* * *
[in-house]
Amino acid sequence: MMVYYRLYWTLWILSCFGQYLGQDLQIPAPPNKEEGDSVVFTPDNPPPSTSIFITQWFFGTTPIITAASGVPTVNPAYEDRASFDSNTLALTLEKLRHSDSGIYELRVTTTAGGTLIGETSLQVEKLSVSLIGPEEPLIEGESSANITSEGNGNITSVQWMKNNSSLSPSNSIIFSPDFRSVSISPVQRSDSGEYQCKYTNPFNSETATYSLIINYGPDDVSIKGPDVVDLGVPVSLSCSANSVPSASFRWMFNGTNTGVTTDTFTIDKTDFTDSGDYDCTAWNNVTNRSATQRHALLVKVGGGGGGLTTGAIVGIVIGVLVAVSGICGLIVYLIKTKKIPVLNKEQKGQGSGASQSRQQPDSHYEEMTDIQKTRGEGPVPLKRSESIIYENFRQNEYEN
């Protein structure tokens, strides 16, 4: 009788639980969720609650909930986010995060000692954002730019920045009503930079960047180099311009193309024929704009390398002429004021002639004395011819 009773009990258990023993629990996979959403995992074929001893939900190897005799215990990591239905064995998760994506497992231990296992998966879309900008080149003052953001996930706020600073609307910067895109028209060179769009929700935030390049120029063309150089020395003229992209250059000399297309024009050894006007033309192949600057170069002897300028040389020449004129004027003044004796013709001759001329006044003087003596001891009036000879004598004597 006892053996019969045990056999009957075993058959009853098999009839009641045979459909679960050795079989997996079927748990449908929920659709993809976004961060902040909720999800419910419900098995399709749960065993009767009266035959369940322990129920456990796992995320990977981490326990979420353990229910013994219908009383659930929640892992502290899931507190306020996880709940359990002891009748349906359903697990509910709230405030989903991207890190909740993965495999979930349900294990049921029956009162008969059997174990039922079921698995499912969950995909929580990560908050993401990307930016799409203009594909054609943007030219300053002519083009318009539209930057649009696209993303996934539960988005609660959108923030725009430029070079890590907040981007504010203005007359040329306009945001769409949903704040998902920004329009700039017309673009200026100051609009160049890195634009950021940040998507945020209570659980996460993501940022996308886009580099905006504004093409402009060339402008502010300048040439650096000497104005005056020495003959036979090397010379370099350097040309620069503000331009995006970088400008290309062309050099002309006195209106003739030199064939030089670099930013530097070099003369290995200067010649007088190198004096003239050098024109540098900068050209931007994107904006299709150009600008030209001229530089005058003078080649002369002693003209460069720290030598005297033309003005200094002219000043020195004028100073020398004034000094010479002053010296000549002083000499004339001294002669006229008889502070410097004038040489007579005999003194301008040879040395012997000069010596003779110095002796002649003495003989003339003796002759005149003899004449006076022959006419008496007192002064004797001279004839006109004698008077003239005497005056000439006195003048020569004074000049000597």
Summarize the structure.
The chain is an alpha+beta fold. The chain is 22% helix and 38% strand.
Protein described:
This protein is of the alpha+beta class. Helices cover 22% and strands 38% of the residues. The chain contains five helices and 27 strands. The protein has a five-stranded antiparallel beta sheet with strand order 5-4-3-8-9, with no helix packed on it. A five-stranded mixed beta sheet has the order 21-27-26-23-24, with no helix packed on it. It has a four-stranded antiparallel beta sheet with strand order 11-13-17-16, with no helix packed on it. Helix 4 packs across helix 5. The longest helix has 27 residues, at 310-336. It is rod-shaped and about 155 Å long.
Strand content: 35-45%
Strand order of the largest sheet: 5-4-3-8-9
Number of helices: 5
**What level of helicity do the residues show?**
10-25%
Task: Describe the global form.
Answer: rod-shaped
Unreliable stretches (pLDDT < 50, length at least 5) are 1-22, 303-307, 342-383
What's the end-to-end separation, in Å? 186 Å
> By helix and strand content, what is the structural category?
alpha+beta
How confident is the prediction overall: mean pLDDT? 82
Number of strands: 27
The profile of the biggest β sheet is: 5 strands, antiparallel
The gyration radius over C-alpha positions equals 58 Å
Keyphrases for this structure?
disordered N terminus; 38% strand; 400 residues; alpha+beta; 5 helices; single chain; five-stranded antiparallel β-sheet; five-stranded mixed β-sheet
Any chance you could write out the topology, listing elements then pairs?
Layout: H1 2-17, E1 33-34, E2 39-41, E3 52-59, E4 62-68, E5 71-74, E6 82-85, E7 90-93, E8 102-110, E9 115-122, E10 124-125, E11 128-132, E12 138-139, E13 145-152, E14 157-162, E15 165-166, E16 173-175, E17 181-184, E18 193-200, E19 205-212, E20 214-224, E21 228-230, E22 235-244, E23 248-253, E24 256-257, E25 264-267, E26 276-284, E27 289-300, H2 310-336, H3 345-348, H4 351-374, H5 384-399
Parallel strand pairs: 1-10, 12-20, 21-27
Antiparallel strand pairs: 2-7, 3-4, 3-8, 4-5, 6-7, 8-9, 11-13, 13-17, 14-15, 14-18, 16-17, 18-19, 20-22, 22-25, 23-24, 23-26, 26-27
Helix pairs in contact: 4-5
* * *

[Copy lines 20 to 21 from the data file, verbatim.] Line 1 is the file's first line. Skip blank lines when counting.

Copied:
Number of strands: 27
The profile of the biggest β sheet is: 5 strands, antiparallel